Articles on Visual art

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One of the most powerful images at this year’s Venice Biennale is Christoph Büchel’s. Barca Nostra, 2018-2019, Shipwreck 18th of April 2015. La Biennale di Venezia

As we face pressing global issues, the pavilions of Venice Biennale are a 21st century anomaly

Often called the 'Olympic Games of art', the Venice Biennale's national pavilions are an outlier in a globalised world. This year's strongest works explore global issues like refugees and climate change.
Archibald Prize 2019 winner, Tony Costa, ‘Lindy Lee’, oil on canvas, 182.5 x 152 cm, © the artist. Photo: AGNSW, Felicity Jenkins Sitter: Lindy Lee - artist

The zen of portraiture: Tony Costa wins the 2019 Archibald Prize

The annual announcement of the Archibald Prize is one of Sydney’s great spectacles. This year's winning portrait depicts one of Australia's leading artists, Lindy Lee.
Detail from Fiona Foley Native Blood Type C photograph x cm Edition copy. Fiona Foley

For Aboriginal artists, personal stories matter

Art historians argue that the life of the artist should be viewed independently of their art but, for most Aboriginal artists, art is a cultural expression that encompasses their lives.
Detail from Archibald Prize 2019 finalist Keith Burt, ‘Benjamin Law: happy sad’ oil on canvas, 59.5 x 59.5 cm, © the artist. Photo: AGNSW, Jenni Carter Sitter: Benjamin Law - author, journalist and broadcaster

Puckish charm and no politicians: the 2019 Archibald Prize

Perhaps as a reflection of the current state of national affairs, this year's Archibald Prize exhibition is a politician-free zone.
Marcel Duchamp, ‘From or by Marcel Duchamp or Rrose Sélavy (Box in a valise)’ 1935-41, 1963-65 (contents); Series F, 1966 edition, mixed media, 41.3 x 38.4 x 9.5 cm Philadelphia Museum of Art, gift of Mme Marcel Duchamp, 1994-43-1. © Association Marcel Duchamp/ADAGP. Copyright Agency, 2019

The essential Duchamp: an exotic radical who rejected the establishment

Some 50 years after his death, a major exhibition at the Art Gallery of New South Wales shows why the work of Marcel Duchamp continues to challenge the very idea of what art may be.
Abdul-Rahman Abdullah, Pretty Beach, 2019, installation view, The National 2019: New Australian Art, Museum of Contemporary Art Australia, Sydney, painted wood, silver plate ball chain, crystals, audio, image courtesy the artist and Museum of Contemporary Art Australia. © the artist, photograph: Jacquie Manning.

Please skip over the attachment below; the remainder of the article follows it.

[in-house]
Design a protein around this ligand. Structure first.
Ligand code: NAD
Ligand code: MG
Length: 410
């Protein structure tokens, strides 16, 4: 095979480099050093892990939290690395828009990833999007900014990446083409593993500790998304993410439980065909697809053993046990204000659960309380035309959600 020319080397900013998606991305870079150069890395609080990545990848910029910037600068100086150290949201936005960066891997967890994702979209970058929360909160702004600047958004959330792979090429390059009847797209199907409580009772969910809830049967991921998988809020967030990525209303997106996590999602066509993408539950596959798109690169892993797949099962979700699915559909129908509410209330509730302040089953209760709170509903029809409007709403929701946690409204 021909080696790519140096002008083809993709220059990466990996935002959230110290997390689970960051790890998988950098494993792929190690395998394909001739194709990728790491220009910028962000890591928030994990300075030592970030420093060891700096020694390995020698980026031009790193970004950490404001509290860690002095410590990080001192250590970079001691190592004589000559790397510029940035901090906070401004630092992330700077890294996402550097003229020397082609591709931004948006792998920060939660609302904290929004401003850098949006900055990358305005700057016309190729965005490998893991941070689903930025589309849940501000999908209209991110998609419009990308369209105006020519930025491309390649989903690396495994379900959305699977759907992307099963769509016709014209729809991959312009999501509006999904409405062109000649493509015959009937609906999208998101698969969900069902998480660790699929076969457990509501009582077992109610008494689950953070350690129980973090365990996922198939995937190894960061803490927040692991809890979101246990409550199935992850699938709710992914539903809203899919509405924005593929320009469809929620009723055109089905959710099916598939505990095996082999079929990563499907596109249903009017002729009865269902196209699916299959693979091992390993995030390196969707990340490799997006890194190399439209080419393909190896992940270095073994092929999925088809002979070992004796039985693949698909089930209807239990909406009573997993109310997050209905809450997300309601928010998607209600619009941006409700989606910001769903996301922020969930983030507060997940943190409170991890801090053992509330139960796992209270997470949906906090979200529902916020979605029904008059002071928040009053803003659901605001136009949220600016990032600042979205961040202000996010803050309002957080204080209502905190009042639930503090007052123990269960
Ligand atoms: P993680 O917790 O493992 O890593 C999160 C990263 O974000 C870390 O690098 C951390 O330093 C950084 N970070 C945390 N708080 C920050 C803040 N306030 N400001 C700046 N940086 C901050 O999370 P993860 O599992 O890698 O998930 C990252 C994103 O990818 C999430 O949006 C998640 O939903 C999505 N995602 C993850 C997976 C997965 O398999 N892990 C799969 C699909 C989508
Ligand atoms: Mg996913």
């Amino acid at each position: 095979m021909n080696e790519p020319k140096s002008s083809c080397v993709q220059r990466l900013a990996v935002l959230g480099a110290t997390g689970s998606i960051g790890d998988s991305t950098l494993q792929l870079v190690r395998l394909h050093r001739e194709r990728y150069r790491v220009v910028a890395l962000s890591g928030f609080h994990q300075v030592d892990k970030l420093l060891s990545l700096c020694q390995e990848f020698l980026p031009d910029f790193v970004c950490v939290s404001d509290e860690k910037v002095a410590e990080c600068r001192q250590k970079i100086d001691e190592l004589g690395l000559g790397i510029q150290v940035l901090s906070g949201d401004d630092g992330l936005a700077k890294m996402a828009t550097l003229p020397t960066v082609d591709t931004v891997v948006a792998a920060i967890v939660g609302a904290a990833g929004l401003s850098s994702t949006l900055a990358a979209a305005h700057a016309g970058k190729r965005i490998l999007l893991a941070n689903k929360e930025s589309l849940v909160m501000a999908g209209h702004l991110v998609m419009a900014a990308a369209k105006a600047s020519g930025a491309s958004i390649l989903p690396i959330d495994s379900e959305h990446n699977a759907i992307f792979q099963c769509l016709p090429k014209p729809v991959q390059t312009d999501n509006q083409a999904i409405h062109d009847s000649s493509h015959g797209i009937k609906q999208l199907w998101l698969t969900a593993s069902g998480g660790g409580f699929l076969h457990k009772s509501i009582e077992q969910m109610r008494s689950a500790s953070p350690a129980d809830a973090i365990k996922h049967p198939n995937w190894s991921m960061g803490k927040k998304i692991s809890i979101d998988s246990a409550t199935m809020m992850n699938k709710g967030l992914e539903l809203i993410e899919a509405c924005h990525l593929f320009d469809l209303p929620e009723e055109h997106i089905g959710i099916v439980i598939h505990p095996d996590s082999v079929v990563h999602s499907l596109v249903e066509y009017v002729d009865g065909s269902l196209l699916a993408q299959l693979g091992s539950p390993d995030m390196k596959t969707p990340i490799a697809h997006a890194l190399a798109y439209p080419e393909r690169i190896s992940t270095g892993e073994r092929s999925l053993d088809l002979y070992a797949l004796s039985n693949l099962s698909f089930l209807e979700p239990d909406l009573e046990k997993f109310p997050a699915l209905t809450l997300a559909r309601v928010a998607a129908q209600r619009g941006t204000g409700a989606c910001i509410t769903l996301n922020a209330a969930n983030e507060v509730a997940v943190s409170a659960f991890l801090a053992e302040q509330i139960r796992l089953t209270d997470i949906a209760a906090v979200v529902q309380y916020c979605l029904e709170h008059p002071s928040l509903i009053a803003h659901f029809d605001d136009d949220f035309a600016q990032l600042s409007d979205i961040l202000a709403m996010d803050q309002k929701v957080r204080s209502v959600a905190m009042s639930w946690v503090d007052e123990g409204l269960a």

In Abdul-Rahman Abdullah’s Pretty Beach, a fever of stingrays becomes a meditation on suffering

Abdul-Rahman Abdullah's installation Pretty Beach tells a story from the artist's childhood to explore mortality and grief.
Peta Clancy, Undercurrent 1, from the series Undercurrent, 2018-19, inkjet pigment print, W120 x H85cm each image approx. Courtesy the artist

Peta Clancy brings a hidden Victorian massacre to the surface with Undercurrent

There is a long history of cultural silence on the frontier wars that characterised Australia's colonisation. Peta Clancy's exhibition invites us to see this history in the Victorian landscape.
These images of Cherine Fahd’s grandfather’s funeral were tucked away in a brown paper envelope for decades. As a society, we too often keep grief hidden from view.

Friday essay: images of mourning and the power of acknowledging grief

Rarely seen in the family album are photographs of funerals, burials and the suffering of those who are left to mourn.
Installation view: Quilty featuring Pancreatitis (Kenny), The Last Supper (Bottom Feeder) and Farewell virginity by Ben Quilty, Art Gallery of South Australia, Adelaide, 2019. Photo: Grant Handcock.

A noisy, passionate show from an artist in a hurry, Quilty has just one emotional pitch

Ben Quilty is the next big thing in Australian art. Will he be allowed - and will he allow himself - to explore and find his true potential as an artist?
Nora Heysen, Self-portrait 1934 oil on canvas 43.1 x 36.3 cm. National Portrait Gallery, Canberra Purchased 1999 © Lou Klepac

Friday essay: Nora Heysen, more than her father’s daughter

Nora Heysen was the first woman to be awarded the Archibald Prize, but for most of her life she was defined not by her art, but by her relationship to her famous father, the artist Hans Heysen.

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